The state of Arizona lifted its ban on the book Chokehold after gaining national attention for banning the book written about the US criminal justice system policing Black men.
“An uproar over the ban of Chokehold: Policing Black Men, including threats of a lawsuit from the American Civil Liberties Union, prompted Arizona prison officials to review a publication blacklist and reverse suspending the book,” National Public Radio (NPR) reported.
A growing number of state prison systems, including California, bans prisoners from possessing certain books, deeming them contraband.
Chokehold was written by Georgetown University criminal law professor and former federal prosecutor Paul Butler. His publisher notified him in March that the book was “un- authorized” in Arizona prisons.
“The notice did not specify what led to the decision,” The Associated Press reported.
The ban drew criticism from a number of prisoner and First Amendment advocates, including the American Civil Liberties Union (ACLU).
“In order for them to ban a book, they have to show the restriction is related to a legit- imate prison interest,” ACLU attorney Emerson Sykes said. “There’s no interest to keep inmates from learning about the criminal justice system and policing.”
Sykes challenged the book ban in May with a letter written to Charles Ryan, Arizona’s director of corrections, the Arizona Republic reported.
“The very people who experience extreme racial disparity in incarceration cannot be prohibited from reading a book whose purpose is to ex- amine and educate about that disparity,” Sykes wrote.
In a blog, Anne Branigin said, “America is taking more and more books out of its prisons…” She said books critical of mass incarceration are often banned.
Chokehold is “the metaphor of the deadly police tactic used to force people into submission,” Branigin wrote.
Five years ago, Eric Garner, a Black man died after Daniel Pantaleo, a White New York City police officer, used the choke hold to subdue him.
“I can’t breathe,” were Garner’s last words before he succumbed to cardiac arrest, the San Francisco Chronicle (Associated Press) reported. “The medical examiner ruled (his) death a homicide caused by a police choke hold.”
“To prohibit prisoners from reading a book about race and the criminal legal system is not only misguided and harmful, but also violates the right to free speech under the First Amendment of the US Constitution and…the Arizona Constitution,” wrote Sykes.
The U.S. Supreme Court case, Turner v. Safley, makes an allowance for banning certain books in prisons if the ban serves penological interests such as preventing violence, riots, resistance, a work stoppage or anything that may jeopardize the safe- ty, security or orderly operation of an institution.
“Corrections does not have a blanket list of prohibited magazines, newspapers, books, or music,” the Republic reported.
The California Code of Regulations, Title 15, section 3134.1 (e), contains the California Department of Corrections and Rehabilitation’s (CDCR) Centralized List of Disapproved Publications. Books not included on the list are sometimes banned by officials arbitrarily and later challenged in court.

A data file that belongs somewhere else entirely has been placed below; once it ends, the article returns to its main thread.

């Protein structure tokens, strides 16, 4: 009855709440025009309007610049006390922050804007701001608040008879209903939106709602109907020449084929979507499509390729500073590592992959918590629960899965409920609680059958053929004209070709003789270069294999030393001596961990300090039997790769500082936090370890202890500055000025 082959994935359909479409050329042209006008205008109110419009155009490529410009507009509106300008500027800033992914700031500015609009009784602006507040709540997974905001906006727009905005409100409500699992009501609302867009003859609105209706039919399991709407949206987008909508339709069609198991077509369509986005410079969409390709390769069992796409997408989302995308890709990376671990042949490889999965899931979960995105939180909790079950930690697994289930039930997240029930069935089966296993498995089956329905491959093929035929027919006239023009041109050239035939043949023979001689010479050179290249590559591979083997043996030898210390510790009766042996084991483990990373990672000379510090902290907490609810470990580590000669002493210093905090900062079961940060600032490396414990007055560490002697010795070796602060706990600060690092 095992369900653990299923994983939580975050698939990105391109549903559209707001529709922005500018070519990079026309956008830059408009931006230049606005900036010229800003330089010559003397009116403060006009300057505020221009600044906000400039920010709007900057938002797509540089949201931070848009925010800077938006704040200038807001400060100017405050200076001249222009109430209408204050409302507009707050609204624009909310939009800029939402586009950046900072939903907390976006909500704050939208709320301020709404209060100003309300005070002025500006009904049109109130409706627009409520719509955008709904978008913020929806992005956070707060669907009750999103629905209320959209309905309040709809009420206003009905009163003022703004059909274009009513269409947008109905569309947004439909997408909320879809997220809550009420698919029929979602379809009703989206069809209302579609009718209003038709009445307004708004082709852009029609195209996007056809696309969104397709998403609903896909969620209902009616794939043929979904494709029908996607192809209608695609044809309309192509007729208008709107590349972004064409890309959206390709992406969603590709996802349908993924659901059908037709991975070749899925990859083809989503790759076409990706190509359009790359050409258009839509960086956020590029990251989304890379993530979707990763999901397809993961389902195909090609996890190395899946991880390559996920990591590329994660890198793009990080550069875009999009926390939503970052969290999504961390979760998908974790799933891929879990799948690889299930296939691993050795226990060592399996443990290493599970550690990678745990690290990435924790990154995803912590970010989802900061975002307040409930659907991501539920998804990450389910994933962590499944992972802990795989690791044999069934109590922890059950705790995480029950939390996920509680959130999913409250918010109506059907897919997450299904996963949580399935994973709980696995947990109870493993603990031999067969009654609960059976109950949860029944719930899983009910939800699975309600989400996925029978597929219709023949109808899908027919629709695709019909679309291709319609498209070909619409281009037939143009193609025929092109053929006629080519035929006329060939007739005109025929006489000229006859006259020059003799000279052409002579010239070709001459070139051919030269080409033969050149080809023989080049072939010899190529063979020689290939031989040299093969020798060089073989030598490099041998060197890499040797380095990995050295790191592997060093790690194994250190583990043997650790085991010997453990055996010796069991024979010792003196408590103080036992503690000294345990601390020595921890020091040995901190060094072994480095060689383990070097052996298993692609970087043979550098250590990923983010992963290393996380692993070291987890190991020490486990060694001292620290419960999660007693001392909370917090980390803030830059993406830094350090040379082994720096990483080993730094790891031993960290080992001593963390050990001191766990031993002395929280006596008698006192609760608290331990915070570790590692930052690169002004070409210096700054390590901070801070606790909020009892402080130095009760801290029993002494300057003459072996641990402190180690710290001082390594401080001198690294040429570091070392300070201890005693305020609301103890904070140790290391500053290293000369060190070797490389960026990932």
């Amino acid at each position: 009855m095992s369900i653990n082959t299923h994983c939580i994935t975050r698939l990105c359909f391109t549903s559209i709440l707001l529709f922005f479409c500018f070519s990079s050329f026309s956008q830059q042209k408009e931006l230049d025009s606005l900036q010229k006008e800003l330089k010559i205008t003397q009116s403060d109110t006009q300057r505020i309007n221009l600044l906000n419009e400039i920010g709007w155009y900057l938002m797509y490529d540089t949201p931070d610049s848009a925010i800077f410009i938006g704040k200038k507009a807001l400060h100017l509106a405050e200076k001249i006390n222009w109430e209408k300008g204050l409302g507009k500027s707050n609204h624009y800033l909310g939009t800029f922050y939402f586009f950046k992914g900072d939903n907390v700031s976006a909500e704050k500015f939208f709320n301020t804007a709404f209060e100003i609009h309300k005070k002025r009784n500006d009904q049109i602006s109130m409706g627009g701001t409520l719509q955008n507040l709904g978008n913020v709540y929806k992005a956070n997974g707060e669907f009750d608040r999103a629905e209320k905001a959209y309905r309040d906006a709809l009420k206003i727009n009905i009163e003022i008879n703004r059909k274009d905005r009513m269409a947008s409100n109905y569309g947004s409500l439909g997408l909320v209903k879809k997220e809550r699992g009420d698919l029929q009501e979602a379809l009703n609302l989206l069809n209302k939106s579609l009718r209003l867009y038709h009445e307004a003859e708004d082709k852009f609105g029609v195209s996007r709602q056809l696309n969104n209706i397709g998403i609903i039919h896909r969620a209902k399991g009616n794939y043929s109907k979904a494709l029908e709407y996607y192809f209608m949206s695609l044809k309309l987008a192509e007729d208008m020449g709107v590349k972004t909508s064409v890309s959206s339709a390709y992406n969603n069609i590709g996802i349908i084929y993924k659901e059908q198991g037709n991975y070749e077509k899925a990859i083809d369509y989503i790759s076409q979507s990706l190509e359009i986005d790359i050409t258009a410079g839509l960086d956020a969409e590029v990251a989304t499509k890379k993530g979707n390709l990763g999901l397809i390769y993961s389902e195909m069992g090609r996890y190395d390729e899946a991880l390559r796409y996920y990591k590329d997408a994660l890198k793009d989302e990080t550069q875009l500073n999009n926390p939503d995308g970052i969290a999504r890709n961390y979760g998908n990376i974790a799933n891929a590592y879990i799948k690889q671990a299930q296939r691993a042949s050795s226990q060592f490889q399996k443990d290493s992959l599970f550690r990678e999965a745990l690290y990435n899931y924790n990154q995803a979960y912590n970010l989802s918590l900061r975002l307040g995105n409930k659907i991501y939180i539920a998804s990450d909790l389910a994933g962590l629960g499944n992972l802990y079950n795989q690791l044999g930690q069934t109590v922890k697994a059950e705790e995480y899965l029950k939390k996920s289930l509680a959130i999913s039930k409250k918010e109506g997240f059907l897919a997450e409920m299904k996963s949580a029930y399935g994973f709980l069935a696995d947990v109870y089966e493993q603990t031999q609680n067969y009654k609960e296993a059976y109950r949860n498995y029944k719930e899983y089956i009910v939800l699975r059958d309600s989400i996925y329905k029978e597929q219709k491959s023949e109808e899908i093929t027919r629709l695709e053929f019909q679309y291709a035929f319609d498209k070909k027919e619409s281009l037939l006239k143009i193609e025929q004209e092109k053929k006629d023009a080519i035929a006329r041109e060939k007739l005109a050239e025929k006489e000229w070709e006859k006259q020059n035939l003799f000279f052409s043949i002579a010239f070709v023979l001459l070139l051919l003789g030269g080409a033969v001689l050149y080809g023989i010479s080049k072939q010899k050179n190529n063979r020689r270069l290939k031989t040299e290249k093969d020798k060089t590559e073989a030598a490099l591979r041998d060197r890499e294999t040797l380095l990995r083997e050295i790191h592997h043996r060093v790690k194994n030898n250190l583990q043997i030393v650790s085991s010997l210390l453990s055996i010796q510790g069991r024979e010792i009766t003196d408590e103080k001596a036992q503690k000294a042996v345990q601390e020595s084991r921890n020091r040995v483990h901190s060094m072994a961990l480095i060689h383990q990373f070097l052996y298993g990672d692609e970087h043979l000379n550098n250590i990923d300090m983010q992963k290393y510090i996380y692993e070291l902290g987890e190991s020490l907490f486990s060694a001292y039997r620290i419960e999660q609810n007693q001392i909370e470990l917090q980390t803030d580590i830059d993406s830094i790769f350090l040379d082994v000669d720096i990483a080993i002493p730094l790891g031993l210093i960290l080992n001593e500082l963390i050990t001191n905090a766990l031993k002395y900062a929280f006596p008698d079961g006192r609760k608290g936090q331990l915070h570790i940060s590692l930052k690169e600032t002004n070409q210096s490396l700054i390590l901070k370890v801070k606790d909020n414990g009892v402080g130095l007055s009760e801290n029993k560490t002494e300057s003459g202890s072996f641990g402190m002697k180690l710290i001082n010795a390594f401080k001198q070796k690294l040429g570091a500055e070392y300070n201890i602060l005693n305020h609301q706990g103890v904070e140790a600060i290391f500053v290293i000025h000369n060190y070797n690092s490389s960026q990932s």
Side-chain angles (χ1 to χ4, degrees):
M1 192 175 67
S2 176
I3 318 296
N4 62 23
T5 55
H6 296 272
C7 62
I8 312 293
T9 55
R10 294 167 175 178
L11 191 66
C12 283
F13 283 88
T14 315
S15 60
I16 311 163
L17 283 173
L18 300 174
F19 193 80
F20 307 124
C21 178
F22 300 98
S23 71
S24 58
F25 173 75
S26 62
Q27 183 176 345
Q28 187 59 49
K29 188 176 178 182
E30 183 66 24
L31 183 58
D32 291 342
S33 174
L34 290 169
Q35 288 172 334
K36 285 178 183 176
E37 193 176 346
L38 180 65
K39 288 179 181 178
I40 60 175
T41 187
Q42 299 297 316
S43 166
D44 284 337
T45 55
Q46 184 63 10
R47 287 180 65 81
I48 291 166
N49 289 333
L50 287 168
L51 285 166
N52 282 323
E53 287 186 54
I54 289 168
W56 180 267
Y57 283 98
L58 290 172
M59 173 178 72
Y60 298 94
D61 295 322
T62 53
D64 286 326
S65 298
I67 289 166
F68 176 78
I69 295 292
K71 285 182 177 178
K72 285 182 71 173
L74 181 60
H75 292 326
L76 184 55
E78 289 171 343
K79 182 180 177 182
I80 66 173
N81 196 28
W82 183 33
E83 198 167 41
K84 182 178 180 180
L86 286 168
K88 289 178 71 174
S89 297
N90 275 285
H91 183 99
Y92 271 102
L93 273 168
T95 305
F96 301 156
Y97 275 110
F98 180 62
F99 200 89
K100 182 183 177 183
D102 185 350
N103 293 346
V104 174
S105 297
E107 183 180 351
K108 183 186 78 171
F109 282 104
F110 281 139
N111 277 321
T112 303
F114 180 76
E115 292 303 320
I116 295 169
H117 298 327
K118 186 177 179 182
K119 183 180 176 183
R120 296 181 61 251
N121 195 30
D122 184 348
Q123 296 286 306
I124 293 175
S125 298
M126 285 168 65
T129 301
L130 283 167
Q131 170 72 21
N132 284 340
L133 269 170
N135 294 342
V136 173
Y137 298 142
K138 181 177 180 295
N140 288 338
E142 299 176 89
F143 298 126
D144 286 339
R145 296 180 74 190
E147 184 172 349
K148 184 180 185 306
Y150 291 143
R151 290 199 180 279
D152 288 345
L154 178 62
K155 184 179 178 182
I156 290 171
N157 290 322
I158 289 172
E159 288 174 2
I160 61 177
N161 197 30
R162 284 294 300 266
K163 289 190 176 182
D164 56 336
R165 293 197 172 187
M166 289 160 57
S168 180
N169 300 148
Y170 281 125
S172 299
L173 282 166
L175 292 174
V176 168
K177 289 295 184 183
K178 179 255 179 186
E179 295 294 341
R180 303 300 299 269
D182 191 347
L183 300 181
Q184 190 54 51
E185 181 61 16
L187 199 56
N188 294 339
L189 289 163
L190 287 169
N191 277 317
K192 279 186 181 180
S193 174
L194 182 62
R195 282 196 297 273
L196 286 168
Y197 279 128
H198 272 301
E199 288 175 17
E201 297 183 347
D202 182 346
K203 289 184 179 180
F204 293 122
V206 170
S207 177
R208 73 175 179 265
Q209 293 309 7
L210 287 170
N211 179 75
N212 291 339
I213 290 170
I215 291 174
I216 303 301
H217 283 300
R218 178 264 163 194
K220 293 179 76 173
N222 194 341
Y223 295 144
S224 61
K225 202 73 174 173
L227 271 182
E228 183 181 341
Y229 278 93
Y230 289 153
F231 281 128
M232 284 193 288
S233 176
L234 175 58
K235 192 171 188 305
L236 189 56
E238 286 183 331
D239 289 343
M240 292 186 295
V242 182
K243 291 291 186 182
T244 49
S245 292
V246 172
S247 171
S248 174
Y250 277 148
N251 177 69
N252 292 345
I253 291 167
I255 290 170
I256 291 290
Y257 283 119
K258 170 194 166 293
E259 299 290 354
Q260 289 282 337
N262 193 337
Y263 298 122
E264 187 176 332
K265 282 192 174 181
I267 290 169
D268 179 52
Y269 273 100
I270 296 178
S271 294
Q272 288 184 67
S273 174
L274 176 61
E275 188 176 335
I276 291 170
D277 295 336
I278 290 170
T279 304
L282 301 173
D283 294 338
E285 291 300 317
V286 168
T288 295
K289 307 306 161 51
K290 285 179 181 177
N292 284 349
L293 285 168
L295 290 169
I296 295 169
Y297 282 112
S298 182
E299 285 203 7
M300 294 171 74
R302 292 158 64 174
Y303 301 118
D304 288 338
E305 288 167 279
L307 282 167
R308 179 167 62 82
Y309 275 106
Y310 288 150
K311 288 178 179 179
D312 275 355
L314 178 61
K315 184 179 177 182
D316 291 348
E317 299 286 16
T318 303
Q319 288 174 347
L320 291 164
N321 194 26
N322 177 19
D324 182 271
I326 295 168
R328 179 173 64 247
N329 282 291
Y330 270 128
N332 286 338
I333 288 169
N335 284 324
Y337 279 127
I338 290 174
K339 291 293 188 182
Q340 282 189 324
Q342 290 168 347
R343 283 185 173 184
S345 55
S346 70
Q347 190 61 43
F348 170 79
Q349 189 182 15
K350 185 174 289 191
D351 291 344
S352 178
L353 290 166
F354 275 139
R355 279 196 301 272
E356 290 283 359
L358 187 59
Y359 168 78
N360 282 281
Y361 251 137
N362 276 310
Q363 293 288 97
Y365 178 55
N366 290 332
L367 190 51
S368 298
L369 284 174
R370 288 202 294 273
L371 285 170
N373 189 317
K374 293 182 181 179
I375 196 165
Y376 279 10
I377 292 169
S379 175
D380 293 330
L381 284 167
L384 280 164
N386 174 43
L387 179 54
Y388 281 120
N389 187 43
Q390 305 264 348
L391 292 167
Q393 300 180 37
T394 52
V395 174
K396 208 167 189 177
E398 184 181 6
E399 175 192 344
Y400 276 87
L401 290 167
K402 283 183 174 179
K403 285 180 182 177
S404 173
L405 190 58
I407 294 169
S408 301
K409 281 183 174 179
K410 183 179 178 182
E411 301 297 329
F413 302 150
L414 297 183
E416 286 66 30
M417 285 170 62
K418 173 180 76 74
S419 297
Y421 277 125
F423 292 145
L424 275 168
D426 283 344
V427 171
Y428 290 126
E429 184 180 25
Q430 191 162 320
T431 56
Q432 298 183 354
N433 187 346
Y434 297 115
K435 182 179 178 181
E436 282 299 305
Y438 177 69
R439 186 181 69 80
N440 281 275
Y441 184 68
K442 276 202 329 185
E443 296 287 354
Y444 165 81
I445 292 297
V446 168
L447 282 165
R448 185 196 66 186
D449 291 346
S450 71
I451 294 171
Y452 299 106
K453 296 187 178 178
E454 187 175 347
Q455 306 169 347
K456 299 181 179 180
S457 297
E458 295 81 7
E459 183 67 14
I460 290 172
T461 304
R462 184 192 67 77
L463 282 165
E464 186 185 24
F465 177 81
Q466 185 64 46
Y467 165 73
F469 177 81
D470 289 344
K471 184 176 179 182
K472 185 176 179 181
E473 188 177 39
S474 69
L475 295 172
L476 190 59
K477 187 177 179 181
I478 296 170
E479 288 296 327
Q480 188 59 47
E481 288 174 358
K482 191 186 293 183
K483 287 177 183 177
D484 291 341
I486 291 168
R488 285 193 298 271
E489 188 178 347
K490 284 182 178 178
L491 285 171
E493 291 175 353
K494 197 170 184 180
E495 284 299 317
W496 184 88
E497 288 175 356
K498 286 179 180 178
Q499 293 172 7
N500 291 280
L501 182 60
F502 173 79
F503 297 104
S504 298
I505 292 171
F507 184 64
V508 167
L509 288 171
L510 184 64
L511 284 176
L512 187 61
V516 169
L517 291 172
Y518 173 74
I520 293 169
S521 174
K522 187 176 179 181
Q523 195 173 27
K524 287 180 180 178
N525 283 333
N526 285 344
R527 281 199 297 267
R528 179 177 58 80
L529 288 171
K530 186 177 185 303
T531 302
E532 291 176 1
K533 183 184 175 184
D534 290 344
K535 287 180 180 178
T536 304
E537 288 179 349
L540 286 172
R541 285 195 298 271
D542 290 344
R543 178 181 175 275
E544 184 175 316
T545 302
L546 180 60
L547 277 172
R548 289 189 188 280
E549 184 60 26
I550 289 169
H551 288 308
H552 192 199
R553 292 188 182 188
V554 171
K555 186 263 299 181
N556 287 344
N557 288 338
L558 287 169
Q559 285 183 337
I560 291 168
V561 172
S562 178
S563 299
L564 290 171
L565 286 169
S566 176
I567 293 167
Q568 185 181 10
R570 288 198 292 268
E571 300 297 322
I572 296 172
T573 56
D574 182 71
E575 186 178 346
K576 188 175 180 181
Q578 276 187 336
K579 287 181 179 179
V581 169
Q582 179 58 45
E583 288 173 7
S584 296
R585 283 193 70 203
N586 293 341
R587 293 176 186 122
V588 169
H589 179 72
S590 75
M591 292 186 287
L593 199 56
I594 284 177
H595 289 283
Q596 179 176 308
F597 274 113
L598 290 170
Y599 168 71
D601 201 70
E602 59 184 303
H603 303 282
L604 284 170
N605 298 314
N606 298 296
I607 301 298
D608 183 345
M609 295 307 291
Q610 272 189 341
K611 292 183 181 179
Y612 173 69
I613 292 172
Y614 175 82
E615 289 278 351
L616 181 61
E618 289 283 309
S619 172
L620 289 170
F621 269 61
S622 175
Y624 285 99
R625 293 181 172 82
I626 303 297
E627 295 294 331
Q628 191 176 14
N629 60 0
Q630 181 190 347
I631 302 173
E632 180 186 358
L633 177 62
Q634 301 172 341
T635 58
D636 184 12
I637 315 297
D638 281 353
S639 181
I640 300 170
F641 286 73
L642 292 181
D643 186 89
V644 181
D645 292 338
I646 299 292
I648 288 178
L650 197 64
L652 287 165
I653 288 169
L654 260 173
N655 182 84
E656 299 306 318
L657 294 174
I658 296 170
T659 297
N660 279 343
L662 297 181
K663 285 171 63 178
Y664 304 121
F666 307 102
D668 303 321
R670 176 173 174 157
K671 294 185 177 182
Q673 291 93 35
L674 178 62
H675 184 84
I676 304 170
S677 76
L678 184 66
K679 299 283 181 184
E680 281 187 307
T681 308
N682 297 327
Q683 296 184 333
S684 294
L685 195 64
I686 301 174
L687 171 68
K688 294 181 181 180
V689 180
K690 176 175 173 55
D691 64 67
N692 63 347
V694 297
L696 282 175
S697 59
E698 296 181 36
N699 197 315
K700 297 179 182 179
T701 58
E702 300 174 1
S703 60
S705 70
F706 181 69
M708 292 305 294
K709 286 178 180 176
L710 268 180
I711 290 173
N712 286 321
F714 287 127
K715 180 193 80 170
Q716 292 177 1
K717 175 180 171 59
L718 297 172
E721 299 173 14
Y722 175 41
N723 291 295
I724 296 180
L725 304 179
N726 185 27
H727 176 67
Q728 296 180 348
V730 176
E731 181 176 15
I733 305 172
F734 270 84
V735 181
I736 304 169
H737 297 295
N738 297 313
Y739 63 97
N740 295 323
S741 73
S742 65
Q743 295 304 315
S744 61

“Under certain circumstances, it is permissible to prevent incarcerated people from reading materials of their choosing,” Sykes wrote. “However, it is unconstitutional to censor a book that educates prisoners on how legal, penal, and other institutions have shaped their own lives and poses no threat to the safety and security of the facility.”
Butler, who is Black, wrote Chokehold after he was falsely accused of assault and arrested, “an event that dramatically changed his view of the justice system,” the Republic reported.
“During the trial, I experienced for myself a lot of things that defendants I’d prosecuted said were evidence of how unfair the system was: Police lied, witnesses who knew what happened didn’t come forward,” the Republic reported Butler telling The Guardian in 2017.
Butler said he was acquitted in ten minutes because “I could afford the best lawyer in the city, had legal skills and social standing, and because I was innocent.” But he said “the experience made a man out of me. It made a Black man out of me.”
When Chokehold was banned, the ACLU said Arizona corrections officials gave no explanation for it.
“I am concerned that many people in custody are subject to other illegal and unfair acts by jailers that most people on the outside never hear about,” Butler said to NPR. “Providing books to inmates promotes literacy, rehabilitation and civic engagement.”
According to Branigin’s blog, Sykes’ letter “points out that Chokehold explicitly dis- avows violence…” She also pointed to Georgia, North Carolina, Florida and Washington forbidding free books sent to prisoners.
After the ban was lifted, Sykes wrote a letter stating he is pleased Arizona corrections officials removed the ban on Chokehold. He did, however, state the long fight over what books prisoners can access is far from over, NPR reported. “These bans are taking place in prisons and jails around the country,” he told NPR.
In 2015, Prison Legal News sued the Arizona Department of Corrections for censorship after the department stopped allowing the monthly publication into its prisons. The department spokesman at that time, Andrew Wilder, told Capitol Media Services the department’s action was ensuring “the safe, secure and orderly operation of (its) prisons.”
“If rehabilitation is taken seriously and preparation for a life after prison is taken seriously, then prison officials have every interest in promoting education among those who are trying to understand how they got to where they are, and how to make sure they don’t come back,” Sykes said.